Instead, they may see the center shutter altogether due to proposed cuts in the city budget.
In 2014, Councilman Costa Constantinides secured $500,000 to upgrade the space.
Despite multiple construction delays, the renovated center was expected to be complete by the end of June. Seniors were planning a celebration and “a new beginning” at the site, the Astoria councilman said.
“It was long overdue, the space has always been cramped,” he said. “It needed more space to do programming.”
But last month, Constantinides was told by City Hall that the Astoria Houses center would be among 12 sites that would be closed due to low attendance and lack of quality services.
Other centers slated for closure include Baisley Park, Bland and Shelton Social Club in Queens, and Armstrong Social Club, Langston Hughes, Palmetto Gardens and Sumner in Brooklyn.
At his executive budget presentation on April 25, Mayor Bill de Blasio said this “cost-effective new approach” will close these senior clubs –– which a City Hall spokesperson described as lounges –– and relocate seniors to actual senior centers nearby.
The city would provide free transportation, while producing nearly $900,000 in savings through the consolidation.
“Those clubs, which we found were underutilized, could not provide the same quality of service as our DFTA programs could,” said de Blasio, referring to the Department for the Aging. “So seniors will go to an established senior center that specializes in supporting seniors.”
The senior centers where they will be moved to are all within three-quarters of a mile from the original senior clubs, city officials said.
City Council members whose districts would be impacted rallied against the cuts. Constantinides, who sits in the council’s Budget Negotiating Team, pledged to fight to restore the funding in the final budget.
“We shouldn’t be balancing the budget on the backs of our seniors,” he said. “They all deserve better.”
Claudia Coger, president of the Astoria Houses Residents Association, said they have a large population of seniors, all of whom need an outlet like the senior center. They don’t want to hop on a bus and be taken to another site.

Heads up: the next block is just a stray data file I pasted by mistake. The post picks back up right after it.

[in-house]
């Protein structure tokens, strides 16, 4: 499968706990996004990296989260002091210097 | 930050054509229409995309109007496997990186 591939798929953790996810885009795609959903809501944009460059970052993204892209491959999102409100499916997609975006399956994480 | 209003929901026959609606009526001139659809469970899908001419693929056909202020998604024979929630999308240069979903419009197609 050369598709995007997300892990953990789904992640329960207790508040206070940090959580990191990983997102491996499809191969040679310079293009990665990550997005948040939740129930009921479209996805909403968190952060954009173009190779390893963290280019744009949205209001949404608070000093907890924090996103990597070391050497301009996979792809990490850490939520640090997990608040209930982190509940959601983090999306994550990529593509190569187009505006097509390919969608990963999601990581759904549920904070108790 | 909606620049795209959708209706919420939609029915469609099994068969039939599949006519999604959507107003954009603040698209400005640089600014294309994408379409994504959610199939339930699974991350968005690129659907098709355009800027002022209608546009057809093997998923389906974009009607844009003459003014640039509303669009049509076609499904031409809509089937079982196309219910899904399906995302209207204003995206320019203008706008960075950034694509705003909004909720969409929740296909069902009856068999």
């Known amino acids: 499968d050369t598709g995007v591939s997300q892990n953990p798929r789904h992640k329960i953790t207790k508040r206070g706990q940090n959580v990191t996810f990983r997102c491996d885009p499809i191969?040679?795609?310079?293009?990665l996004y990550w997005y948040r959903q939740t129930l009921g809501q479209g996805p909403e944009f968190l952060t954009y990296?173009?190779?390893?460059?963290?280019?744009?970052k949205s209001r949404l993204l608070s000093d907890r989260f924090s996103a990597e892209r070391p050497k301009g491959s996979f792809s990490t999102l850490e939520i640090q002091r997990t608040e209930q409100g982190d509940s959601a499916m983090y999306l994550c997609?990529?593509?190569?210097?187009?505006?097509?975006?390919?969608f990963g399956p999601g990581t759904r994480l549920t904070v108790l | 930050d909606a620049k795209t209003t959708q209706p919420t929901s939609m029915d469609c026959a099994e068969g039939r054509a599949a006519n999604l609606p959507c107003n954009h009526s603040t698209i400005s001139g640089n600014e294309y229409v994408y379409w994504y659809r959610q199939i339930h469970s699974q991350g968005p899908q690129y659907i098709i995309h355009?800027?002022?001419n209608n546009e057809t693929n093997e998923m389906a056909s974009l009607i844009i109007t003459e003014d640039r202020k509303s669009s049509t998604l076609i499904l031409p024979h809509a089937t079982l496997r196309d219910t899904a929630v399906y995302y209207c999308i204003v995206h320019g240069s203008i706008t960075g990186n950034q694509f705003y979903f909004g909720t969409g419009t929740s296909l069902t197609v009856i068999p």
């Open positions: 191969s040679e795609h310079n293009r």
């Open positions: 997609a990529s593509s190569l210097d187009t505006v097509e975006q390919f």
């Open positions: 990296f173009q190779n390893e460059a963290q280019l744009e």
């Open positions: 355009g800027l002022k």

“We don’t need anybody scattering us about to say, ‘you can go here for this service or that service,’” she said. “We can benefit from it right here.”
Initially, the city planned to send seniors to the RAICES Astoria center. But elected officials say after they found out that center is predominantly Spanish-speaking, the city decided to bus the seniors to the center at Queensbridge Houses instead.
“The Queensbridge center is a wonderful center for the residents of Queensbridge,” Constantinies said. “But it’s a long way to go.”
Andre Stith, a lifelong Astoria Houses resident and a member of Community Board 1, said Queensbridge already has many seniors living in the 96-building complex.
“Our seniors should not have to go there and feel out of place,” he said, “when they have a place right here at home.”
Both Coger and Stith vowed to fight the closure of the senior center “to the very end.”
“We are not going any place,” she said. “Hear us out and understand this is our lives.
“It is unacceptable, and we’re not going to stand for it,” Stith added. “It’s not going to happen, not going to fly, not on my watch.”
In response to the mayor’s assertion that the site is underutilized, Constantinides said the attendance drop was a result of disinvestment and ongoing construction.
“It’s because NYCHA and the mayor’s office haven’t been investing in it,” he said. “Let’s invest more in our seniors, not less.”
State Senator Michael Gianaris added that the city created the environment for fewer people to attend these centers.
“It was a plan designed for failure,” he said. “It is a huge mistake.”
In a testimony on the budget before the City Council on May 7, DFTA Commissioner Lorraine Cortes-Vasquez said the mayor called for $750 million in savings to “meet the challenges presented by an uncertain revenue and economic future.”
DFTA’s $2 million in savings include a six-headcount reduction agency-wide and the $900,000 in senior club closures.
While the decision to close the centers was “challenging and complex,” the commissioner said it was the right move because many of them were not meeting essential health and safety standards.
“Many are not ADA compliant and have chronic leaks, flooding and sewage back up,” she said in her testimony. “Several have low participation rates that have resulted in higher than usual per-participant costs.
“We recognize there may be some concerns,” Cortes-Vasquez added. “However, we will work closely with the members of the NYCHA senior clubs as well as the alternate senior centers to provide a smooth transition.”